1. Decision to go birding; 2. Some luck in finding bird; 3. Patience and working hard to make my good luck better; 4. Knowledge of and utilization of good equipment.

Happy birding,

Dave Keeling
Morro Bay


Warbling video and glaucous gull

Maggie Smith
 

At cerro alto, Doug stinson and I saw warbling vireo. At the mouth of morrow creek, we had a first year glaucos gull. Maggie smlth
Sent from my verizon Wireless Phone


American Robins

Calvin French <cal.french@...>
 

Twenty of them here this morning in western Adelaida, North County. Most
unusual for this location.


Carrizo Eastern Poebe, etc

Matt Brady
 

Hello all. I just returned from several days of LeConte's Thrasher surveys on the Carrizo Plain for PRBO. I'm happy to report that the EASTERN PHOEBE first found last March has returned to the Plain, and apparently again successfully over-wintered. It was the first Plain record last year. Also of note were decent numbers of LECONTE'S THRASHERS many dozens of SAGE THRASHERS (75+ or so seen by me alone), both mostly off Elkhorn Road; two LeConte's nests were found. Several LONG-EARED OWLS were seen and heard displaying at dusk on private property in California Valley. 125 MOUNTAIN PLOVERS were seen along Soda Lake Road, a couple of miles south of the junction with Panorama. Other than these highlights, all of the usual Carrizo goodies were seen, despite the very, very dry conditions.

Other observers included Jim Tietz, Ryan DiGaudio, Mark Dettling, Megan Elrod and Meagan Oldfather.

Thanks and good birding,

Matt Brady
Potter Valley CA


phainopeplas

Mary Ann Ambrose <ambrose.m@...>
 

Larry Moore Park in Paso Robles: in the ancient and falling apart cottonwood
that is full of mistletoe just to the north of the playground area and off the
river trail there was a pair of phainopeplas this morning. Western bluebirds,
titmice and very active California thrashers were also seen. Killdeer flying
over. White-throated swifts appear to be "back" at Niblick Bridge. even flushed
a few California quail near the bridge in teh denser brush near the bridge.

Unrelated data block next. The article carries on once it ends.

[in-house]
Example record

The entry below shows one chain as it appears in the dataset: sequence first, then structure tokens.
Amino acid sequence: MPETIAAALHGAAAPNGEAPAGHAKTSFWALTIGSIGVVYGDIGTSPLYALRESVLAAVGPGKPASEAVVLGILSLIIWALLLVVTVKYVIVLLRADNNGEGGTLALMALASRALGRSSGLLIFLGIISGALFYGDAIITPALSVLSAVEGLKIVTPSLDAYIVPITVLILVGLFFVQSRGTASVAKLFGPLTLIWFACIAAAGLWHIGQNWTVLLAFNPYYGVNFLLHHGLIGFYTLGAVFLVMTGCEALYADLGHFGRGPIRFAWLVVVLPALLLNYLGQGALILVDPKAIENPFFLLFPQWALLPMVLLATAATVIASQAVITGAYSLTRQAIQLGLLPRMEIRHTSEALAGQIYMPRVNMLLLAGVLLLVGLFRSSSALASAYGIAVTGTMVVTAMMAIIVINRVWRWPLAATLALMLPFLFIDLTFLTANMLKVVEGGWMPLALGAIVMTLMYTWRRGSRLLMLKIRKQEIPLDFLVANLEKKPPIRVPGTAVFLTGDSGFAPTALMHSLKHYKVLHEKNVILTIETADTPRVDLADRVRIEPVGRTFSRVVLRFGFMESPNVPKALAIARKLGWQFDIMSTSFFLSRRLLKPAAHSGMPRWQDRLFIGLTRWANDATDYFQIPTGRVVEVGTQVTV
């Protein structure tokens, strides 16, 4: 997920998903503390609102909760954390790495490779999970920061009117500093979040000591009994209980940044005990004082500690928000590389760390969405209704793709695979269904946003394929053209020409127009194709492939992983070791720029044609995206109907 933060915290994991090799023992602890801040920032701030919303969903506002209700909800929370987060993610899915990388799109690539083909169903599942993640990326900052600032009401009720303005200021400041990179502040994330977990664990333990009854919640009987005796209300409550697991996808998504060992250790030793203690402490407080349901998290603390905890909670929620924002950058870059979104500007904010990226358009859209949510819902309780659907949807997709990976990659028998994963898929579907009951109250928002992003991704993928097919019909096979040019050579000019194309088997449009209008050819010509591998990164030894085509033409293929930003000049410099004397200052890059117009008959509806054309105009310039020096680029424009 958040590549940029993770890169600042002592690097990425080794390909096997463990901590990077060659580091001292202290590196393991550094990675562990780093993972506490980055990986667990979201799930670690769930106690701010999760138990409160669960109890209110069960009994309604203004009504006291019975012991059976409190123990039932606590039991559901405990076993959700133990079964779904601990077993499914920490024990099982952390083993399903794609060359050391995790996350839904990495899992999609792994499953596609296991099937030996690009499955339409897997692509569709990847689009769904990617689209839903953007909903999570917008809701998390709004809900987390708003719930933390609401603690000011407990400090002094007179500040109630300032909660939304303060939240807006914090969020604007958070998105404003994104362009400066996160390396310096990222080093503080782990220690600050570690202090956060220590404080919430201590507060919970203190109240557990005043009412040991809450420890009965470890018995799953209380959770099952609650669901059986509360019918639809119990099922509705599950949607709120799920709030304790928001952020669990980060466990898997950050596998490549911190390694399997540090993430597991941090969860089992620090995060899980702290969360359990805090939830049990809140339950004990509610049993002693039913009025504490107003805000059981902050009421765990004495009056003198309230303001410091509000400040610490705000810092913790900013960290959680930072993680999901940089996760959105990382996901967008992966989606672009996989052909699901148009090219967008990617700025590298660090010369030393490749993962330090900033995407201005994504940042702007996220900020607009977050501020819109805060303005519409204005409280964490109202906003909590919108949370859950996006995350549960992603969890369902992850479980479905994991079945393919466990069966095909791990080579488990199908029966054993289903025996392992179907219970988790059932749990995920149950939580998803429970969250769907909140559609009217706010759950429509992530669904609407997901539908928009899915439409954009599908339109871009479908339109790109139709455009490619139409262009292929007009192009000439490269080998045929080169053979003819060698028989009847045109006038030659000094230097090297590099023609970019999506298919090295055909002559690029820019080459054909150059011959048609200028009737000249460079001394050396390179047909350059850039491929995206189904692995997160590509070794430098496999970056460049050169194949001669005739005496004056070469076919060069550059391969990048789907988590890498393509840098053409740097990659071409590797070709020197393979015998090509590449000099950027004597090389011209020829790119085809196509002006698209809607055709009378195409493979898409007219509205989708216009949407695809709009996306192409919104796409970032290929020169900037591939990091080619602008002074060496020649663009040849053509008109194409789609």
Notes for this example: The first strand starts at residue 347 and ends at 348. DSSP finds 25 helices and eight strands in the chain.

Had one golden crowned sparrow in our yard. Had 12 anna's hummingbirds at dusk
last evening all feeding peacefully:)

Mary Ann Ambrose
Paso Robles


Lark Bunting -Bitterwater Rd., and a few other birds of interest.

Kaaren Perry
 

Maggie Smith and I headed out to Bitterwater Rd. this morning with the hope of my finding the previously reported Lark Bunting. As this was my 5th attempt, it was a thrill and relief to finally see this early spring male bird in SLO county. It was with a small flock of Lark Sparrows and a few Horned Larks mostly feeding near the south fence line. It was in the same location as previously reported, 11 miles north of HWY 58 on Bitterwater Rd.

Other birds of some interest along Bitterwater Rd. were 2 Cassin's Kingbirds and 1 Ferruginous Hawk.

On Soda Lake Road we had one immature Bald Eagle flush up from the side of the road, carrying away what looked like a live squirrel. A little farther on we had what appeared to be an intermediate (rufous) morph Ferruginous Hawk. We were lucky to see the hawk sitting in the field not far off the road and to get good looks at this interesting plumage.

2 more Ferruginous Hawks were seen off 7 Mile Rd. and 3-4 Sage Thrashers were see on Elkhorn and Panorama.

Photo link for the intermediate morph Ferruginous Hawk: http://www.flickr.com/photos/kaarenp/6953892597/in/photostream

Kaaren Perry
Morro Bay


Great Horned Owls

Michelle LaMoustique
 

A pair of great horned owls seem to have taken up residence in the eucalyptus trees behind my home in Nipomo. I haven't seen them, but they have been calling back and forth for the last several nights, and are right now being quite noisy. I checked their call against the one recorded by the Cornell Lab to verify my ID.

Michelle Maani
Nipomo, California


Harlequin Duck At Cayucos

Tom Edell
 

The immature male HARLEQUIN DUCK continued at the Cayucos Pier where is was
feeding in the surf off the mouth of Cayucos Creek this afternoon just
before sunset.



A first-cycle THAYER'S GULL was at Laguna Lake around 11 AM this morning.



Tom Edell

Cayucos, CA


Halter Ranch

Roger Zachary
 

Hello All,

The Morro Coast Audubon birding trip out to Halter Ranch was lots of fun with 45 species observed. Some notable birds to mention included Ring-necked Ducks, Cinnamon Teals, a Red-breasted Sapsucker, Purple Finches, Yellow-billed Magpies, Violet-green Swallows, and Golden Eagle. Thanks to the folks at Halter Ranch (especially Mitch) for hosting the birding trip.....fine wine and good birding.

Roger Zachary
Atascadero